Originally posted 2007-12-02 15:32:43. Republished by Blog Post PromoterI hope my previous two posts have gotten you excited about exploring the world of diaper patterns. As promised, I’ve searched the Web to bring together some additional resources about them. Diapers in Needlework (instruction) My friend, Judy Harper, loves diaper patterns and has a lovely post about them on her blog. Best of all it shows two wonderful designs. I have the egg one in my stash, but haven’t stitched it yet. On the ANG site, there is a two-part article on diaper patterns. Read Part 1 here. And Part 2 here. Ann Strite-Krutz has a wonderful sampler available to order for teaching you about diapers. Here are picutres of several stitchers work from an EGA class, Old Staffordshire, which showcases diaper patterns. Diapers in Other Media (inspriation) Artlandia has pictures of three diaper patterns. Google Books has the book Pattern
Originally posted 2009-01-18 06:46:55. Republished by Blog Post Promoter Don’t you just love this bird template? They are such great shapes and they make such a wonderful starting point for creative needlepoint. You can go directly to the post to download them as a PNG or PDF. I keep thinking about cool things to do with them. You could do them as bargello or stitch samplers, you could make a realistic bird. You could add embellishments. To put them on needlepoint canvas, follow the instructions on All about Needlepoint and stitch away! The designs are from tricia-rennea’s blog and she did them originally to be cut out of paper. I learned about them from Sister Denise at Craft Gossip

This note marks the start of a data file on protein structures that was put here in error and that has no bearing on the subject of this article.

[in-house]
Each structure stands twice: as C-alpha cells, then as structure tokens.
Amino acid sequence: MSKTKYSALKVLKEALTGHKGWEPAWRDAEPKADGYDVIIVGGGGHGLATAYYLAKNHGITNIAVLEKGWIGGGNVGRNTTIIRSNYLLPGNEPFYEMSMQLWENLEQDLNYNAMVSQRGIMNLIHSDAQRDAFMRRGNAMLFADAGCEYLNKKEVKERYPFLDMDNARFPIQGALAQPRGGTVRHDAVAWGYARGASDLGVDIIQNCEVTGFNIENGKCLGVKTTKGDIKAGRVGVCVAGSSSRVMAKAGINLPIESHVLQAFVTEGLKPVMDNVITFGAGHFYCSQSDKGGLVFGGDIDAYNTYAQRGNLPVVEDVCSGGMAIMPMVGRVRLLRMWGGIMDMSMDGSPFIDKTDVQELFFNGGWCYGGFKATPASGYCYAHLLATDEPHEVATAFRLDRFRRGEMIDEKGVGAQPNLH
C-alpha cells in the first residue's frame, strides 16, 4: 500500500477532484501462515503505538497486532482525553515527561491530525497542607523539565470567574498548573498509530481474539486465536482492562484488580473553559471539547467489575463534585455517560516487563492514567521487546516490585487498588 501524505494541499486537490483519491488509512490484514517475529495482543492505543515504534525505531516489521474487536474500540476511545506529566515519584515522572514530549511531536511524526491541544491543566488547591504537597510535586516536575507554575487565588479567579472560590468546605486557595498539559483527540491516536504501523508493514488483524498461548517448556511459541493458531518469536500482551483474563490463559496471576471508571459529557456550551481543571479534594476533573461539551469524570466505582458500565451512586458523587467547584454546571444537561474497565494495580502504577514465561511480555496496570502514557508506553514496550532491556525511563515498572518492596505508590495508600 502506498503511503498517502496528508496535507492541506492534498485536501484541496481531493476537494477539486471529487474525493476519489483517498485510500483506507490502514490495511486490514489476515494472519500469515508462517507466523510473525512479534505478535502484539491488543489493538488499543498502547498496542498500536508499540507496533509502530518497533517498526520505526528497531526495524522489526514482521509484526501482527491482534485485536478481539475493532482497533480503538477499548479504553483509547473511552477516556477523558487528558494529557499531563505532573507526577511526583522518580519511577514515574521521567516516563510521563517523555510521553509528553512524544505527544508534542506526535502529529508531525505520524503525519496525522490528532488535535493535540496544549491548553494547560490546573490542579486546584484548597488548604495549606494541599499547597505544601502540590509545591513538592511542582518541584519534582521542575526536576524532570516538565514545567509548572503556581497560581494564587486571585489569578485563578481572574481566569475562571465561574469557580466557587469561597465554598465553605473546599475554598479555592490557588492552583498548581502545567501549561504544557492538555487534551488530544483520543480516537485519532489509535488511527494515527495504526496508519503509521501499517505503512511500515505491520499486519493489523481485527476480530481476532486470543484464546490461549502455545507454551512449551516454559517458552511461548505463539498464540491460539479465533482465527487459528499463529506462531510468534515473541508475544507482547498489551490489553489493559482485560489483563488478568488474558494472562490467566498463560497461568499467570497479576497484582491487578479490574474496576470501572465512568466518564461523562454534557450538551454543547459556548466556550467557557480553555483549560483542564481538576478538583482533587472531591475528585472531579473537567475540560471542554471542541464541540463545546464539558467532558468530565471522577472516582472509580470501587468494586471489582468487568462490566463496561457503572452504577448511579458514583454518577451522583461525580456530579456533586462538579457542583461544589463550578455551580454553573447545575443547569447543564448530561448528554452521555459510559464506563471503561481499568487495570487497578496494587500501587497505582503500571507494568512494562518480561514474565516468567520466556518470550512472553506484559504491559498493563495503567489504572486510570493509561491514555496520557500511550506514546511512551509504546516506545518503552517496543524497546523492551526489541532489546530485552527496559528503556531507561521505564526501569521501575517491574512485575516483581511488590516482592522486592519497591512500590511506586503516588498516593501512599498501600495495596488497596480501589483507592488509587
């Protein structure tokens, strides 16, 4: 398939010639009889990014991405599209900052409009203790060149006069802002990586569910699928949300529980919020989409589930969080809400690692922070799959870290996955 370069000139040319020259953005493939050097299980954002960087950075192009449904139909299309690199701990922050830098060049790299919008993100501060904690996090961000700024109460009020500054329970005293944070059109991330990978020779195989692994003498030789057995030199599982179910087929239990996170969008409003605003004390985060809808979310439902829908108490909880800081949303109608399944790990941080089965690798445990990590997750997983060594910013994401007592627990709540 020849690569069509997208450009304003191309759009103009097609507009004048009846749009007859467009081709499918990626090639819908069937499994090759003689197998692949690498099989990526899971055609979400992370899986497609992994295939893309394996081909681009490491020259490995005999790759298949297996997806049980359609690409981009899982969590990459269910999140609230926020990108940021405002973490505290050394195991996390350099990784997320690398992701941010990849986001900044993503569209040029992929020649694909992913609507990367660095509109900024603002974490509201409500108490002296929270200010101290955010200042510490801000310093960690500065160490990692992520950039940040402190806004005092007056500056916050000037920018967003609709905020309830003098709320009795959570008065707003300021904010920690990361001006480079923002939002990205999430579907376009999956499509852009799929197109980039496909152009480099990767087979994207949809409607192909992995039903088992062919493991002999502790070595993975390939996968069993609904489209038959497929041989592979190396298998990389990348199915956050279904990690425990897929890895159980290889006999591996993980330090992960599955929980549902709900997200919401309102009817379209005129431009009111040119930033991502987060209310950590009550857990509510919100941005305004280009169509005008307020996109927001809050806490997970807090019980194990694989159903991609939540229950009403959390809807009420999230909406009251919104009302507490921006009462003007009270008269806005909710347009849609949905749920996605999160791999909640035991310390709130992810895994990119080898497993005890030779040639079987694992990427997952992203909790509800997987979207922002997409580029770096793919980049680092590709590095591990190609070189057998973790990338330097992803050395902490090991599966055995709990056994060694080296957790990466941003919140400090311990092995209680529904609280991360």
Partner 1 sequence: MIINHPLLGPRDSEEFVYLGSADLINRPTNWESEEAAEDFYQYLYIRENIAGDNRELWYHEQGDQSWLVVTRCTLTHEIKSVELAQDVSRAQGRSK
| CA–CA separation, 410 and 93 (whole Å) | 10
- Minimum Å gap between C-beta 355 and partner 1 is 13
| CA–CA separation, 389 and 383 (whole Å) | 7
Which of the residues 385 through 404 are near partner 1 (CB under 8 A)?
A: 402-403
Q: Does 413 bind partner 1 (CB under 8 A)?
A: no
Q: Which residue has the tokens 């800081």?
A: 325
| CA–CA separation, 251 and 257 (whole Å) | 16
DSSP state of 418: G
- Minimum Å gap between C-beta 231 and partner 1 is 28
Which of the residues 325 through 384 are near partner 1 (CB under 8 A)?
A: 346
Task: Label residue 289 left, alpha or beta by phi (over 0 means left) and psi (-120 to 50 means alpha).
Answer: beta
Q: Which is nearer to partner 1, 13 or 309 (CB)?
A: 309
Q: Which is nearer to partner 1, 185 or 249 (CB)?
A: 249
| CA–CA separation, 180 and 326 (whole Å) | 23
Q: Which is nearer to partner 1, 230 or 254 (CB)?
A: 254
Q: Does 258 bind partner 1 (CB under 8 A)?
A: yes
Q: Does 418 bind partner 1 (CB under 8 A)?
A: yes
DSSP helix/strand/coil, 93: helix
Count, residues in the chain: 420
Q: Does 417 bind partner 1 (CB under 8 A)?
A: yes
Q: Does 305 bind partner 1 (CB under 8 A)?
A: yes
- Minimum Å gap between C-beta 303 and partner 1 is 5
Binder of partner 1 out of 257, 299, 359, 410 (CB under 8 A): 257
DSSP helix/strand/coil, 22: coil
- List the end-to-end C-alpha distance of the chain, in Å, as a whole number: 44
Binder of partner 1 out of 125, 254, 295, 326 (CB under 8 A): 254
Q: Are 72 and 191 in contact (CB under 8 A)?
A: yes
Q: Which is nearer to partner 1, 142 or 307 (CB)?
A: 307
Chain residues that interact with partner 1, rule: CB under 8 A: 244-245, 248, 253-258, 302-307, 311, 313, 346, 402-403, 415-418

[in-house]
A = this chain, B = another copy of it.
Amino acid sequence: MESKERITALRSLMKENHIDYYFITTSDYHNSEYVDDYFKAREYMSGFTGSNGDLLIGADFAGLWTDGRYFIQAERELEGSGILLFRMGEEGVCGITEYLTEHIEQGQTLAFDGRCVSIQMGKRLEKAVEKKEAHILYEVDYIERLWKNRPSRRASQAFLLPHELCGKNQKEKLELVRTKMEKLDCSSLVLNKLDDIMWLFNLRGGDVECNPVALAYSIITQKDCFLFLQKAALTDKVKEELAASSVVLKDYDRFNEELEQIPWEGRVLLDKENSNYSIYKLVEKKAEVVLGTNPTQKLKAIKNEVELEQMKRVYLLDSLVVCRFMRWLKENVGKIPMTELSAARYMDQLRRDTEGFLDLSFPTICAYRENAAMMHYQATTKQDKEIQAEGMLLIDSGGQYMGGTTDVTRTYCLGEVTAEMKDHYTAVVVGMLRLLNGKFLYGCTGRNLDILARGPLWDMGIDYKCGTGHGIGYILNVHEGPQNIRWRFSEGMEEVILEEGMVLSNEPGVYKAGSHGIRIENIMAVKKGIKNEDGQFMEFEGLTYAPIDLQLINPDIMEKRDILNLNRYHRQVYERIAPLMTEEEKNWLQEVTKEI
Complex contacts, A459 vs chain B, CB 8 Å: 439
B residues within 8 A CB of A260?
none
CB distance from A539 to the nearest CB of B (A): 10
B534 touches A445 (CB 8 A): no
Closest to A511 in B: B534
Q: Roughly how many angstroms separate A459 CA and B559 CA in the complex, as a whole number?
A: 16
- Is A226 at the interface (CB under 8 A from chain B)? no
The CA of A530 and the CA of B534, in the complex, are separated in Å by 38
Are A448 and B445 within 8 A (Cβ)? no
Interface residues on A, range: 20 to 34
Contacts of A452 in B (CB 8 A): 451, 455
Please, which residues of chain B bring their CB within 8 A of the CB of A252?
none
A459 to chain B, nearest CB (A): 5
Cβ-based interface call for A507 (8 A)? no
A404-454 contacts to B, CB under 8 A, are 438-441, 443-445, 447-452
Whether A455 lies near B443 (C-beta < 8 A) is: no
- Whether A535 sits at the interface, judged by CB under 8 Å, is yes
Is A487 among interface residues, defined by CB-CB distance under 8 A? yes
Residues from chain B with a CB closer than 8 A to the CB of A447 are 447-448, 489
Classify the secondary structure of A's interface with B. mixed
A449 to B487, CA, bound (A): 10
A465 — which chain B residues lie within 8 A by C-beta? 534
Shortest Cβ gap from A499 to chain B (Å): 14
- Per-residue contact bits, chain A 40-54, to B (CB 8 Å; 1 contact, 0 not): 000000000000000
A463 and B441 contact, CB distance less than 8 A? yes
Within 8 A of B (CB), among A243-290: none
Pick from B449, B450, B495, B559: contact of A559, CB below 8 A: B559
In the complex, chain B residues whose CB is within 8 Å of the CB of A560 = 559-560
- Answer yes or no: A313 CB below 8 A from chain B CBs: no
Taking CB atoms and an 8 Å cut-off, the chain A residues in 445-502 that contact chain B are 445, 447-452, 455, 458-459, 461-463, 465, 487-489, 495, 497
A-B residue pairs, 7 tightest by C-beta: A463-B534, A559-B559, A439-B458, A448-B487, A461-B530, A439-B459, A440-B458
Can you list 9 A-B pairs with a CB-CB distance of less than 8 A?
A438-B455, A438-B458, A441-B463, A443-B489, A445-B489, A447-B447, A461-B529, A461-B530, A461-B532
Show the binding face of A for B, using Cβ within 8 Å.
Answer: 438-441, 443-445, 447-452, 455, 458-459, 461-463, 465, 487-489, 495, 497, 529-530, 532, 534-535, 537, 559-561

Originally posted 2010-01-04 07:28:57. Republished by Blog Post PromoterMy friend Jocelyn, a marvelous New Zealand stitcher, is embarking of a fantastic needlepoint adventure to design her own needlepoint geometric as she goes along. I think this is a simply fantastic idea and one I’m far too controlling to do. But I wish I wasn’t like that. She has several posts so far on the project. In this first one, she describes her idea, picks her colors and prepares the ground. Then she begins with the center and starts grappling with the design. Like many us, she would like a format for the square and chose a quilt block as the basis. If you’ve struggled with doing your own design, you will also find her thought process about size enlightening. In the third post, you see how she stitched the center block and the result